Sun-Herald Chess Column for March 26

As Anatoly Karpov's lawsuit against the World Chess Federation drags on, it is becoming clear that he is yesterday's champion, even in Russia. Karpov was recently pulled over while driving in Moscow but when the police officer discovered that Karpov did not have the appropriate papers with him, the former World Champion was asked to come to the police station. "But don't you know who I am? - I am Karpov!" exclaimed the former celebrity and parliamentarian, now rather chubbier than in his heyday.

"Karpov? If you're Karpov, I'm the queen of Sheba!," responded the officer, who proceeded to take Karpov to the local lock-up. Only a few hours later did one of the policeman's senior officers confirm that the middle-aged gentleman in the cells was in fact a former hero of the USSR and Karpov was released.

Vladimir Kramnik has also had his brushes with the law in recent times. Apparently the world number three looks rather too like a native of the Caucasus and he regularly finds himself being stopped on the street and asked to prove he is not a Chechen, another reason for keeping his papers on him at all times.

It seems that Kasparov's boast in last week's column was correct - the world knows only one chessplayer.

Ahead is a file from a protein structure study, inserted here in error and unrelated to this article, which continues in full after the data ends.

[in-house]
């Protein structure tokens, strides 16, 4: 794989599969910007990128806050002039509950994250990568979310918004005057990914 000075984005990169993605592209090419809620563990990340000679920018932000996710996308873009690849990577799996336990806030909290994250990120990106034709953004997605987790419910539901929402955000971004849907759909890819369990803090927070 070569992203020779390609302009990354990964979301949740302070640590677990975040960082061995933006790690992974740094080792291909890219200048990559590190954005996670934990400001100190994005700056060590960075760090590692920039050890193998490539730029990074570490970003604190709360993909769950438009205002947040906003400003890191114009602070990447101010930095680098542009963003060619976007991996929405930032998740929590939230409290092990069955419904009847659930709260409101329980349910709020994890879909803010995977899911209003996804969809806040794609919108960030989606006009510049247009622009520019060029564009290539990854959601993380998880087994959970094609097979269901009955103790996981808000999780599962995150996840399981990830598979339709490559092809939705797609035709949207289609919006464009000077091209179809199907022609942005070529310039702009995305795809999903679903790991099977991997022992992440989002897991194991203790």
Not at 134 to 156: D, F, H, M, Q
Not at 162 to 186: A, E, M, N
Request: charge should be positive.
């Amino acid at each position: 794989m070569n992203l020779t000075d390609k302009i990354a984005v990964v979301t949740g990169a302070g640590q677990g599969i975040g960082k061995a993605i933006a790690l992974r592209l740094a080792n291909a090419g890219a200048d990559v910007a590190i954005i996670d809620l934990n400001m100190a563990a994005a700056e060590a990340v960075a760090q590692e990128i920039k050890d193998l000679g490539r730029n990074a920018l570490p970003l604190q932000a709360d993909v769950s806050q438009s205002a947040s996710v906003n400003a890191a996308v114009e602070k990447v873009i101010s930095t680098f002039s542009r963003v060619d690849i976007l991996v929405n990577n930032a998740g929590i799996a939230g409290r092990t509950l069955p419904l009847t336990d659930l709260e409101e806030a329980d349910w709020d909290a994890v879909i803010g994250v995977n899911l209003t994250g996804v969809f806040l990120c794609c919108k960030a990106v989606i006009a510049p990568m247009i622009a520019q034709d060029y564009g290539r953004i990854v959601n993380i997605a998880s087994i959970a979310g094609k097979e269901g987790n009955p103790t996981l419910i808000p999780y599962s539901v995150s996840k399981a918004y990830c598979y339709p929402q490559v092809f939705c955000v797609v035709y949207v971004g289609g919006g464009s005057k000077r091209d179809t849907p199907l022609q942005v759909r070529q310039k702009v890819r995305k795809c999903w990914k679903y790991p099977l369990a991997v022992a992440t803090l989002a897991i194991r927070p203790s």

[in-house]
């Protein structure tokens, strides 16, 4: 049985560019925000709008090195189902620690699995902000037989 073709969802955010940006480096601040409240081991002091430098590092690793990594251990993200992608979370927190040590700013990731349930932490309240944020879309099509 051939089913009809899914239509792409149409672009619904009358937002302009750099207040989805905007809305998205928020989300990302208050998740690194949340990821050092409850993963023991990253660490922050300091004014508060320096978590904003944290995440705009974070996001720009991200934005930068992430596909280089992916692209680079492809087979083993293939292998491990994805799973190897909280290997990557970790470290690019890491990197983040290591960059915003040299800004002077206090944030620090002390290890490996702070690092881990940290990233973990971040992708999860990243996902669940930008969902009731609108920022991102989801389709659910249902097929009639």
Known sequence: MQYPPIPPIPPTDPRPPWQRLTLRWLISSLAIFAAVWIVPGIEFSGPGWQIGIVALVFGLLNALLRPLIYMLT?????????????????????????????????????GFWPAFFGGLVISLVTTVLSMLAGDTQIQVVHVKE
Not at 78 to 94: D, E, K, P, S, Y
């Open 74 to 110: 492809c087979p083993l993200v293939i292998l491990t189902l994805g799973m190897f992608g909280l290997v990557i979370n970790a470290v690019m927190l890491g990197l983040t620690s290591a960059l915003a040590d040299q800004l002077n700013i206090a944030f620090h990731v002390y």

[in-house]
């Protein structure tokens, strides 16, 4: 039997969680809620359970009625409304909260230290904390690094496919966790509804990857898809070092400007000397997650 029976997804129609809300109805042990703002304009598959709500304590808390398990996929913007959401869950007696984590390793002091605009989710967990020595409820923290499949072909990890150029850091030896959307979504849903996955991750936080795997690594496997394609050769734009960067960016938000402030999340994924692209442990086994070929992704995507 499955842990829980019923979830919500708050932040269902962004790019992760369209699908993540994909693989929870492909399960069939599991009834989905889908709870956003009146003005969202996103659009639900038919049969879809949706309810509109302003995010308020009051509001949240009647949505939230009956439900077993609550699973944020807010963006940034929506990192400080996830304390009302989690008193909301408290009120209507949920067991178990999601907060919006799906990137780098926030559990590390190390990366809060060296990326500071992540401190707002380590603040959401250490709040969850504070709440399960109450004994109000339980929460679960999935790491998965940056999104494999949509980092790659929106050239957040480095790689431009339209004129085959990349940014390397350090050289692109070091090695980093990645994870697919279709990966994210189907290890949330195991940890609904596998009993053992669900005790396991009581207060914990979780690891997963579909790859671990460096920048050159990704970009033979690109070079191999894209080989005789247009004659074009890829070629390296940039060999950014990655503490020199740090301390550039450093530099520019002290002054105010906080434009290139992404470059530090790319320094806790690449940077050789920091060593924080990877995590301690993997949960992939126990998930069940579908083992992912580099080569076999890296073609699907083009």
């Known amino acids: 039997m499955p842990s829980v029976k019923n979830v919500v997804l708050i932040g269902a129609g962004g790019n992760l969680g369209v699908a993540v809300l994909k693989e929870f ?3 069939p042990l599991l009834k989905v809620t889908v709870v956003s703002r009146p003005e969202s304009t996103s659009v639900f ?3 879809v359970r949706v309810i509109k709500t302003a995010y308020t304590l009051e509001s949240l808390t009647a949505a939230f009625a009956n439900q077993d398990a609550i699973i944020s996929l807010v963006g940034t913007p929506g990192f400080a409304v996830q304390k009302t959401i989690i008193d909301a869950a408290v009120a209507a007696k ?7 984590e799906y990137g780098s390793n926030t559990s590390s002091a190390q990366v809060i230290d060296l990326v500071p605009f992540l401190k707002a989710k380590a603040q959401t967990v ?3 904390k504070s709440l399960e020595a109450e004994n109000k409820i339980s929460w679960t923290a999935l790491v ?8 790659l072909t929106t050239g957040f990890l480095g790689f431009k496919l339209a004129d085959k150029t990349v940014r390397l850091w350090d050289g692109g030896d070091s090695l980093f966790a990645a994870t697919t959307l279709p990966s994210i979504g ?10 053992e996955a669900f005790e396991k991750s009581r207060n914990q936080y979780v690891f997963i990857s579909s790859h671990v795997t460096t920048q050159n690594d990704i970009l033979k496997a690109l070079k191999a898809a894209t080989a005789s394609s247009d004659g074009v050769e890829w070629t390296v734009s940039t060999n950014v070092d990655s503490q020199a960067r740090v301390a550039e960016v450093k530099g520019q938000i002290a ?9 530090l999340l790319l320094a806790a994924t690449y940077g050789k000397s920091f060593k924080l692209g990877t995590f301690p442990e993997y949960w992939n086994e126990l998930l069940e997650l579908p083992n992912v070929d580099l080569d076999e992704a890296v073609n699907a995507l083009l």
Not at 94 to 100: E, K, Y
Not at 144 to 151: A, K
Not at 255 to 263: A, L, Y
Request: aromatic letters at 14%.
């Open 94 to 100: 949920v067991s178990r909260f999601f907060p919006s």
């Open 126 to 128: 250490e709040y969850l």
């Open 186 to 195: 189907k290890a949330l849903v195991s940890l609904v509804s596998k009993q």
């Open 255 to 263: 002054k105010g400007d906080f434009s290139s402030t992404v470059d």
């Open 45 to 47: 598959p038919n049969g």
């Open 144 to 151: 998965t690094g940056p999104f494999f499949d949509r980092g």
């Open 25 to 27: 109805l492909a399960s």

News travels extraordinarily fast these days. In the following game, played the day after the elite Linares tournament, Czech GM Hracek refutes an opening idea which had twice baffled Kasparov.

German Bundesliga 2000
White: Z.Hracek
Black: A.Yusupov
Opening: Petroff's Defence

#1.e4 e5 2.Nf3 Nf6 3.Nxe5 d6 4.Nf3 Nxe4 5.d4 d5 6.Bd3 Nc6 7.0-0 Be7 8.c4 Nb4 9.Be2 0-0 10.Nc3 b6!?#

This was a sensational new move in Linares two weeks ago; now it may have to be consigned to the scrap heap.

#11.Ne5 Bb7 12.Re1! dxc4?! 13.Bxc4 Nxc3 14.bxc3 Nd5 15.Qf3 c6 16.Bb3 Bd6 17.Bc2#

White's opening idea has been a total success; he has a fine attacking position and Black's pieces have nothing to do.

#17...Qc7 18.Qh3 g6 19.Bh6 Rfe8 20.c4 Bxe5 21.dxe5 Nb4 (Diagram) 22.Bf5!! Rxe5?!#

This loses by force but the threat of 23.e6 is extremely strong. Black's only defence was probably  22...c5 23.e6 gxf5 but the following line, found by Sydney's Steve Kerr should still win for White: 24 Qxf5 Rxe6 25 Rxe6 fxe6 26 Qg5+ Kh8 27 Re1 Rd8 28 Bg7+! Qxg7 29 Qxd8+ Qg8 30 Rd1 Bd5! 31 Qxg8+ Kxg8 32 cxd5 Nxd5 39 Rc1! followed by bringing White's king to the centre and Rc4-a4-h4.

#23.Qc3! Rae8 24.f4! Rxe1+ 25.Rxe1 Rxe1+ 26.Qxe1 Qd8#

Now White forces mate but 26...Qb8 loses to 27.Qxb4 gxf5 28.Qe7!.

#27.Qe5 f6 28.Qe6+ Kh8 29.Qf7 Qd4+ 30.Kf1 Qd1+ 31.Kf2 Qd2+ 32.Kg3 Qe3+ 33.Kh4 Qf2+ 34.Kh3 1-0#